Feud: The Sparks Teen Author Talks Inspirations and Insomnia

Have you read any amazing books written by a high school senior lately? Now, I can say that I have had such an experience. Filled with fast-paced action, debuting his first book of an eagerly anticipated trilogy, creates an intricate fantasy world that delights and grasps readers from the beginning straight through until the end. Introducing himself as a young author with an extensive command of the literary world, Kyle Prue should proudly add accomplished author of Feud: The Sparks to his list of achievements. 

Thank you to the sponsors of #TheSparksBlogTour for providing a copy of Feud: The Sparks for the purpose of serving as a blog tour host.



"I know we've fought before, but I think its time to bury the hatchet...we need each other if, if we're going to make it through this." 

Delivering a powerful storyline that unites three families, long-time sworn enemies, in The Sparks, these families share the common goal of defending their clans in a feud against their city. Motivated by the honor of their lost family members, tragic casualties of the ongoing feud- Neil, Lilly, Rhys and their clans unite, together facing the long journey to bring justice to their loved ones.


In reading The Sparks, I was amazed by the details of the storyline. What was your inspiration for The Feud Series? 

KP- This is a coming of age story for young adults and I am a teen in that demographic. Everyone struggles to find their path in life and my characters are all struggling with not wanting to let people down and to find their way; forgiveness and hope is a part of that journey as well. One night, at the age of 15, I had terrible insomnia and I couldn’t sleep. I was thinking about the different personalities of my siblings and myself and how we will all follow different paths. That gave me the idea to create three different families loosely based around our differing personalities. I decided it would be fun to take these families and place them in a fantasy world where the obstacles we all face could be magnified to a whole new level. I wrote out the plot for the three books that night.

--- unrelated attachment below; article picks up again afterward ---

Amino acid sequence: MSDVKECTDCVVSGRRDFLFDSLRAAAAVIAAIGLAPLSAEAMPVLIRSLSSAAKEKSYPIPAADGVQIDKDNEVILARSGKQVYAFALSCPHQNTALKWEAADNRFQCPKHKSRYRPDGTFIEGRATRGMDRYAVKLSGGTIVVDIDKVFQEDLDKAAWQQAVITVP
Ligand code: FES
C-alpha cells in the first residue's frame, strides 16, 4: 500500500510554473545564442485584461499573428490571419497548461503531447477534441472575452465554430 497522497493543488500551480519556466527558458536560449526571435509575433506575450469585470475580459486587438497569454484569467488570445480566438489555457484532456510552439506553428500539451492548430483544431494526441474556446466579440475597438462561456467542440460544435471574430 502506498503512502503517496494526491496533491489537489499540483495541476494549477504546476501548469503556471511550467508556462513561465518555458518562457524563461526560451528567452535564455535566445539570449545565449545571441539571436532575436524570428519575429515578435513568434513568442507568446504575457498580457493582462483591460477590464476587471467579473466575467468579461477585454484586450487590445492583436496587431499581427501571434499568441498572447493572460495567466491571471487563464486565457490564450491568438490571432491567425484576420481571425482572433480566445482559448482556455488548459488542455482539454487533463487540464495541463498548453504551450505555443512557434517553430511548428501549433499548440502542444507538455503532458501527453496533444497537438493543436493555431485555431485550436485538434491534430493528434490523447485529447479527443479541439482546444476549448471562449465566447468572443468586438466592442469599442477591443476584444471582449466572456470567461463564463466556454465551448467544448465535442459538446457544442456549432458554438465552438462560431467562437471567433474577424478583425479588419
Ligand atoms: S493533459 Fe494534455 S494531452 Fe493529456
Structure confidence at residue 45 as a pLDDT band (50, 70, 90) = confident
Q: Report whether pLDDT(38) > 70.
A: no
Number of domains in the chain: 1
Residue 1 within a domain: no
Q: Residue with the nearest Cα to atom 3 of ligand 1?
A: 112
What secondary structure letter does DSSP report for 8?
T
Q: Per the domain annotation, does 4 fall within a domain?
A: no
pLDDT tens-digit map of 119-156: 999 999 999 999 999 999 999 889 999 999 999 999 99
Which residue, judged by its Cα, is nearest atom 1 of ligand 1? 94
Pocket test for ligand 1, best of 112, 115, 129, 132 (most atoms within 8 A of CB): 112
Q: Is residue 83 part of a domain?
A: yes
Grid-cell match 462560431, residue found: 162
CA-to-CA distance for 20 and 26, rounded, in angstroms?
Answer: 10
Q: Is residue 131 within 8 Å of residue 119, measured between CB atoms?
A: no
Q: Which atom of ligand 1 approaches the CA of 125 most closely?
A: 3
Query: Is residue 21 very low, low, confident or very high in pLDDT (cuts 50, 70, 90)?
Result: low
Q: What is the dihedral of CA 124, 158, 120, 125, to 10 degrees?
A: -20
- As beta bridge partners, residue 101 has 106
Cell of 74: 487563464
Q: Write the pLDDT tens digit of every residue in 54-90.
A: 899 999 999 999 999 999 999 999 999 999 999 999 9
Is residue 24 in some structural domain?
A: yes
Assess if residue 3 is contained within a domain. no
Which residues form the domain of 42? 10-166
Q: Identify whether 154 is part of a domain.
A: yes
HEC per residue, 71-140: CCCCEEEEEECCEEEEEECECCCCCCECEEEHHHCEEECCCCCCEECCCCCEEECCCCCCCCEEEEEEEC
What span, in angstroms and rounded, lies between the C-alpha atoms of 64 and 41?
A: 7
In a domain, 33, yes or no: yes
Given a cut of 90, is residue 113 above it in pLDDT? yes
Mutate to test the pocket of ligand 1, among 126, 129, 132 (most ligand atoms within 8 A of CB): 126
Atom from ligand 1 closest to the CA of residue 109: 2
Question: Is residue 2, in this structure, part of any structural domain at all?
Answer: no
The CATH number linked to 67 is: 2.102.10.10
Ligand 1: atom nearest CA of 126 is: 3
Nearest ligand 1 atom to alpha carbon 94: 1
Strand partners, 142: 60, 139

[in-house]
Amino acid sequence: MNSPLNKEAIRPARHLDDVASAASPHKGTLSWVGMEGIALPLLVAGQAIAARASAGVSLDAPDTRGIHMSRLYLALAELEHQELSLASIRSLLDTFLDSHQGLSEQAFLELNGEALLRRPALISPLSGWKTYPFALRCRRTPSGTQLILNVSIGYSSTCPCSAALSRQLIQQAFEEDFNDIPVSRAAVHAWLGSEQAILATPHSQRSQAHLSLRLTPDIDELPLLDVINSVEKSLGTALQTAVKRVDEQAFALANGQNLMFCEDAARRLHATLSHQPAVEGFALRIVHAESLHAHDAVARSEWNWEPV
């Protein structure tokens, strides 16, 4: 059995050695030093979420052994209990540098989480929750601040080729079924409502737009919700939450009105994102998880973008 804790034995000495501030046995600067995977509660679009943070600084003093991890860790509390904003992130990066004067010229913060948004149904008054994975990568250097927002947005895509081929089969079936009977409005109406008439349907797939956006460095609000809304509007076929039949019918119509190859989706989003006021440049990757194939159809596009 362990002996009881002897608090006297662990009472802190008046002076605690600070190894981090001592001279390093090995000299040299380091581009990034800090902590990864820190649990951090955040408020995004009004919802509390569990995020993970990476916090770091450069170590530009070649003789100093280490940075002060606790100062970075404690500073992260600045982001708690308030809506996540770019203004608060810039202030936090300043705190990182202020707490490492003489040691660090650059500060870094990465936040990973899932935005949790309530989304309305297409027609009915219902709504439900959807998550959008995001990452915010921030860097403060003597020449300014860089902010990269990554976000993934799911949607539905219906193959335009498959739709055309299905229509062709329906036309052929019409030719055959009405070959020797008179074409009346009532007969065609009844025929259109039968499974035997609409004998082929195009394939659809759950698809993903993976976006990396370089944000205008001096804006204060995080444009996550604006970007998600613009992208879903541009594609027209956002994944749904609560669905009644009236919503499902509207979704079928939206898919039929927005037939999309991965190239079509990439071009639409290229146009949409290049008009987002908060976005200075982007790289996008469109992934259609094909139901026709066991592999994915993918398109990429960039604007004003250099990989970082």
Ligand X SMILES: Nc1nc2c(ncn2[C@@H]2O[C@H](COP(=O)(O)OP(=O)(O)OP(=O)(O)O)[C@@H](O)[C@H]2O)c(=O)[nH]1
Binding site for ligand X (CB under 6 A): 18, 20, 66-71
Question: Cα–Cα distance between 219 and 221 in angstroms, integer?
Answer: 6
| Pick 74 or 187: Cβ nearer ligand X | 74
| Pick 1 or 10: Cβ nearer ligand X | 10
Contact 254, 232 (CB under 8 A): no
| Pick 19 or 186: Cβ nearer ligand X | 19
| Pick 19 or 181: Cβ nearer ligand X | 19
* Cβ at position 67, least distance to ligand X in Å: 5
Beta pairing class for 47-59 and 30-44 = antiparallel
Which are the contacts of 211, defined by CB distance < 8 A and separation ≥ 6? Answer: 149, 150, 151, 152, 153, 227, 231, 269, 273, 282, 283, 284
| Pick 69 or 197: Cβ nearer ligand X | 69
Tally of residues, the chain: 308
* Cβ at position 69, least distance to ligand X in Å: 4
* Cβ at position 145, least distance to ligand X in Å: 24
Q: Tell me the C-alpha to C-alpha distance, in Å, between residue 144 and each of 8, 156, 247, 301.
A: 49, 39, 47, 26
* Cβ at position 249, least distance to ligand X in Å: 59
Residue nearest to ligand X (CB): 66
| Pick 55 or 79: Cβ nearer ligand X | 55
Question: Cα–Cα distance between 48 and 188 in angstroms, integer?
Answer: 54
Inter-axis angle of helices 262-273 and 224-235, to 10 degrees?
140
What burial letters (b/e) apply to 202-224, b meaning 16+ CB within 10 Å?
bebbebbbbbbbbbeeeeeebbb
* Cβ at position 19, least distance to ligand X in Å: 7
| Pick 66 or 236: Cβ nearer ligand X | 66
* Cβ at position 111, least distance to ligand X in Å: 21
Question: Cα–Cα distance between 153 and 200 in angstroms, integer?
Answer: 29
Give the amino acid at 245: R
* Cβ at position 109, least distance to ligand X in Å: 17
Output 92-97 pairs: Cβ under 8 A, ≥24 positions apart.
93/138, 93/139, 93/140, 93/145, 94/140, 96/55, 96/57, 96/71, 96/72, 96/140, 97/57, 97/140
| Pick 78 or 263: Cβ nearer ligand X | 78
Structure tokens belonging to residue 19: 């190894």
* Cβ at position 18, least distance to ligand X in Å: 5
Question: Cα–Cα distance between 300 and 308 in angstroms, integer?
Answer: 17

The entire book is based on a family feud so that was the reason for the series name, Feud. But the individual titles are The Sparks, The Flames and The Ashes; these are symbolic of the Vapros family motto which is “Victory Lies Within the Ashes.” The Vapros turn a person to ash when they kill them. For them that is a macabre way of saying, “You have to bust a couple of heads to get what you want.” So the titles reveal that there is going to be a lot of bloodshed and a climax to this storyline, which we are building up to in the series. I based the family names on Latin root words: Taurlum is based on the Latin word for bull, Celerius is the Latin word for swift and Vapros is smoke.
There is a widely growing fascination with reading Young Adult Fantasy novels. Why did you chose to author a book in this genre?

KP- I wanted to write for me. Recently, I’ve hit an “in-between” zone where it’s harder for me to find books I want to read. I wanted to write something that I would want to read and that would appeal to other kids my age. I wanted to appeal to boys who have lost interest in reading and I also created strong female characters that girls will love. 

Your skill in storytelling is so well-developed. At what point did you realize that you are talented at writing?